In 2009, President Barack Obama announced the Advanced Research Projects Agency-Energy (ARPA-E) with initial funding opportunities of a total of $151. The DOE ARPA-E funds high-risk, high-reward research, where potentially disruptive and innovative energy research the industry cannot, or will not, support due to risks. Funded projects involve government labs, private industry, and universities. The initiative aims to phase out programs that do not prove to be as promising as anticipated and enable new energy research that has the capacity to advance industrial innovation.
1. Cleantech Open is an organization that facilitates the growth of the cleantech industry through identifying, funding and mentoring entrepreneurial ideas that focus on today’s most urgent energy, environmental and economic challenges. The organiztion operates in seven U.S. regions and offers a Global Forum, providing a platform for business interaction and visibility.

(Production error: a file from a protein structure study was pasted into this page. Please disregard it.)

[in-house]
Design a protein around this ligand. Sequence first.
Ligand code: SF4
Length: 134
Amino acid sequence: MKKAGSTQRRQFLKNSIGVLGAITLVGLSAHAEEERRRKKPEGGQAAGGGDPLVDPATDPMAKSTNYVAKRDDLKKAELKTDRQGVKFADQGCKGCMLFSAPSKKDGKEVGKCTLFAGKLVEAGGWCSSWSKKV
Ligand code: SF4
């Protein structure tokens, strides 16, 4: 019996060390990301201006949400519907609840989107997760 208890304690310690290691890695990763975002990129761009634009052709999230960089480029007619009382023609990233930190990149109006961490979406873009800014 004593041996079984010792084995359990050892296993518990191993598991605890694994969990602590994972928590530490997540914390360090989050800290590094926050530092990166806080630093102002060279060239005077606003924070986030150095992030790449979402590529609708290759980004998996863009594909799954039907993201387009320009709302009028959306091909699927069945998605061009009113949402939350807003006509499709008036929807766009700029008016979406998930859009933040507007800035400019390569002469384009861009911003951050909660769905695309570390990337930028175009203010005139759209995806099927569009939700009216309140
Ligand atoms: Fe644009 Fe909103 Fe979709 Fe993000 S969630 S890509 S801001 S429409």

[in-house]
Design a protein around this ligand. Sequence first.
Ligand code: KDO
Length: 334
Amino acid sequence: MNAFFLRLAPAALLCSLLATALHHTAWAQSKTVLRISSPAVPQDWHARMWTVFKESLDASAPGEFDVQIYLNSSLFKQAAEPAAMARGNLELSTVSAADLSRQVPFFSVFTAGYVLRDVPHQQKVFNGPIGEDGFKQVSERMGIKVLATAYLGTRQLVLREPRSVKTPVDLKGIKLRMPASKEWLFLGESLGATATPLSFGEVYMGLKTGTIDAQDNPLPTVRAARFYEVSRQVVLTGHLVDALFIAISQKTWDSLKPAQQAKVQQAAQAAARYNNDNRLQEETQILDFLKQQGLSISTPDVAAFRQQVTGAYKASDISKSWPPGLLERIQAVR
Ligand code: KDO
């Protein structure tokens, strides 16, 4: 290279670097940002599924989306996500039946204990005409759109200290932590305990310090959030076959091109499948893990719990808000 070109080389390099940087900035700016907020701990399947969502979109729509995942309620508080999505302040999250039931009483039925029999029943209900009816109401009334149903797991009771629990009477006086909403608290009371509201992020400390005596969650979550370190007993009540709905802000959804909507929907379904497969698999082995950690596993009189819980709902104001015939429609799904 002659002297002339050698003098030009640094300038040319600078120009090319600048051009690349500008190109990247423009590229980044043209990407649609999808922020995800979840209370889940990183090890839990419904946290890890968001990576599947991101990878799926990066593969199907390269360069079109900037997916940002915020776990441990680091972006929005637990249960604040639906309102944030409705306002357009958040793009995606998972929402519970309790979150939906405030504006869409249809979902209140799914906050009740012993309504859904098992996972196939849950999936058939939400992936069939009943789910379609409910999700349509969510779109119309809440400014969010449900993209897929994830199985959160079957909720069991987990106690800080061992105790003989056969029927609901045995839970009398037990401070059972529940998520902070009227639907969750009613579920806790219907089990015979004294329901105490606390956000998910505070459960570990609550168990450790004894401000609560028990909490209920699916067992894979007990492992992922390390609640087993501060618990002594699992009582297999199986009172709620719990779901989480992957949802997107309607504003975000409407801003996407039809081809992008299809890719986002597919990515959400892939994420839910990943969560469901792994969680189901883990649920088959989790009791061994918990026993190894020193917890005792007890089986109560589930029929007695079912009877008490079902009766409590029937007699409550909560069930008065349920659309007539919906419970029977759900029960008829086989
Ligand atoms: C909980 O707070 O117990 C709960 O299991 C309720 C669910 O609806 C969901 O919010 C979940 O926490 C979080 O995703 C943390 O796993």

144 startup companies completed the Cleantech Open U.S. Accelerator program this year. In addition, several hundreds more participated in the Cleantech Open Global Ideas competition in many countries around the world. The Global Forum presented innovative finalists from the various U.S. regions and worldwide.
For more information check http://www.cleantechopen.org
2. The “Energy Storage Systems Cost Update” a 2012 report by Susan Schoenung, Ph.D. Prepared for the Department Of Energy (DOE) Energy Storage Systems Program – http://prod.sandia.gov/techlib/access-control.cgi/2011/112730.pdf